Feeling the love ♥ psb

    1. Dear Paula,
      After health and happiness I would wish anyone a close family. It gives me great comfort to know they will have each other after their parents are gone.
      Thanks so much for your really dear response to this post–well to all of them. I feel the same way about your blog, and every family portrait–both words and photos–that you share.
      Hugs to you all,

  17. dogear6 says:

    I loved reading your post! I especially loved the pictures of Bea running and leaping in her new swimsuit. I’d have never done that when I was her age and that’s too bad for me.


    1. Hi Nancy,
      SO good to hear from you! Your comment made me smile. My kids still always manage to surprise me. Bea suggested I go study at the same university program with her in Vilnius next summer. I said, “You don’t want to be going to summer camp with your mother.” She said, “Mom, I don’t need to be COOL.” But I think not caring what anyone thinks makes her even more cool.
      Thank you so much for a really lovely response. I hope your summer was a good one.

  18. katzmcmullen says:

    Beautiful story, Naomi. Rich, thought-provoking, hilarious, and comforting. Love Bea’s full-body UV protection suit. Sorry Eli wasn’t able to say good-bye to B in person, but glad his mannequin (womanequin?) was.

    1. Hi Kathy,
      Thanks so much for stopping by, and for your very generous response to this post. The timing was just off, but unavoidable. Eli does like to leave a calling card, but I’m sure Bea will find a fun way to reciprocate.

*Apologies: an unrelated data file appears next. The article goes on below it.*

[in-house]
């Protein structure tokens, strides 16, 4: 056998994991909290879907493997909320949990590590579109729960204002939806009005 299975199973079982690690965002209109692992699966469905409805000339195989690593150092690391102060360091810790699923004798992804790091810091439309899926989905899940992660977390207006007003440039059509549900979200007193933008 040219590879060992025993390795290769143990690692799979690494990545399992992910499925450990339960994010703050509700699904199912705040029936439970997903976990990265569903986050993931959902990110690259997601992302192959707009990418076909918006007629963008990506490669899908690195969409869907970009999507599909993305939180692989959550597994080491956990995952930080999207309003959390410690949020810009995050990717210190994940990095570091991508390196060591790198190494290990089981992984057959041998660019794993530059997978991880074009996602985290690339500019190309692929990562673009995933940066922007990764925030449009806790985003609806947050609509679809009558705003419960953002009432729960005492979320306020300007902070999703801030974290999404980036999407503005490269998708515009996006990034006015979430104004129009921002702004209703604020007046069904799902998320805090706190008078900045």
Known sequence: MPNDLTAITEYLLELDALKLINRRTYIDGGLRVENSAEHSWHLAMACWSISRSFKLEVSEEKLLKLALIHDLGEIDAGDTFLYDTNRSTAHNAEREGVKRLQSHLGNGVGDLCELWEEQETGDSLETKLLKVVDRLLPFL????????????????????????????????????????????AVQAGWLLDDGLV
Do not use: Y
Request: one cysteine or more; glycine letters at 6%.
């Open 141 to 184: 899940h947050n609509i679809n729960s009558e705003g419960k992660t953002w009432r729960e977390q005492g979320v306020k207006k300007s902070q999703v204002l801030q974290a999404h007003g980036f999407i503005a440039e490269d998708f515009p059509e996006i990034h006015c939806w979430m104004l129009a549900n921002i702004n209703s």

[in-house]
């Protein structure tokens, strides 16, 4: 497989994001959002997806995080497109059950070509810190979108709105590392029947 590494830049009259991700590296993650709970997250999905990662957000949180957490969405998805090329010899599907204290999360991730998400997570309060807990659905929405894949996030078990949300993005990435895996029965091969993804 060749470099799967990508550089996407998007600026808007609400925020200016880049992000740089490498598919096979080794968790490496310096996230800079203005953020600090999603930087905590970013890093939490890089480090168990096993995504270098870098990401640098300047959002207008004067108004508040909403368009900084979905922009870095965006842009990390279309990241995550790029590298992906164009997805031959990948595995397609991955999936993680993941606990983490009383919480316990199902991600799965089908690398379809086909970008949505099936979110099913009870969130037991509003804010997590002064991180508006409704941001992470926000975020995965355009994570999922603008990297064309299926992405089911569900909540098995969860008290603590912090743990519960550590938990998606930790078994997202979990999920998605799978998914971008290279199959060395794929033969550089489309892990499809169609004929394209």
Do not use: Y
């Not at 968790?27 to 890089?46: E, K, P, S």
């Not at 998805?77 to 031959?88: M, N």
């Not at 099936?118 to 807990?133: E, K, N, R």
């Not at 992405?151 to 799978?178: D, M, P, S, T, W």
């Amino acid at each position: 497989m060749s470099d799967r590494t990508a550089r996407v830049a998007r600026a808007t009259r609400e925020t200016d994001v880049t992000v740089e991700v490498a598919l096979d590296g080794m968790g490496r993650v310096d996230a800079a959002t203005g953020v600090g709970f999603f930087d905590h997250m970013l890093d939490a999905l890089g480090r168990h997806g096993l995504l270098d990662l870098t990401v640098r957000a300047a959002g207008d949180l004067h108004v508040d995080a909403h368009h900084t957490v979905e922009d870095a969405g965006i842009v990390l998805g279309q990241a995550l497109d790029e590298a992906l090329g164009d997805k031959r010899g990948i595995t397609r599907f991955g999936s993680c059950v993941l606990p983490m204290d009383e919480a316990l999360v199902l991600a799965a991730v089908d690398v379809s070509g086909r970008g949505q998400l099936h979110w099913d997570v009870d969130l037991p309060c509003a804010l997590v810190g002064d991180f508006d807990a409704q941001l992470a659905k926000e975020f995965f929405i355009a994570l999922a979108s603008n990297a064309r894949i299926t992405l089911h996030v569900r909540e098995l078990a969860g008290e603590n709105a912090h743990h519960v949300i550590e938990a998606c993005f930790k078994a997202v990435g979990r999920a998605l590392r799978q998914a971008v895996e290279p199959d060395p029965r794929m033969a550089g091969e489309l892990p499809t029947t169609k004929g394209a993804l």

Hope you and the gang are well, and the writing is flowing.

  19. Madhu says:

    Beautiful, beautiful post Naomi. I have a lump in my throat as I write this, for I have a few of those inspiring superheroes in my life too. Amazed by how you manage to make even goodbyes so special!
    Loved Eli’s creative surprise and I think Bea looks smashing in that swimsuit…..seems to fit her like a T!!! 🙂

    1. Dear Madhu,
      Thank you so much for your very kind response, and I am wishing your beloved superheroes as gentle a journey as possible. I love the way Eli is able to take a difficult farewell and focus on the fun and the anticipation of Bea’s reaction to his surprise. The alternative is to just be sad about leaving. We always try to figure out when we will be together again, which also helps to soften the parting.

      Bea says she doesn’t have to be cool, and that goes for her swimwear choices, but I think that’s one of the coolest things about her. My sister Miriam says she has a full body swimsuit in Spiderman colors. Are there any purple superheroes?

  20. megtraveling says:

    It is such an inspirational thing to know people like these – I don’t think I could keep up with your life… 🙂

    1. Dear Meg,
      I feel fortunate to know every one of these people. (And I can’t keep up with my own life very well either!) So good to hear from you! I hope your summer has been good.
      Warm wishes,

  21. Cathy G says:

    Naomi, I love the way your story flows! It’s so vibrant! 🙂

    1. HI Cathy,
      Thanks so much for the visit and the kind response–it’s always good to hear from you. I love your profile picture–you are looking good!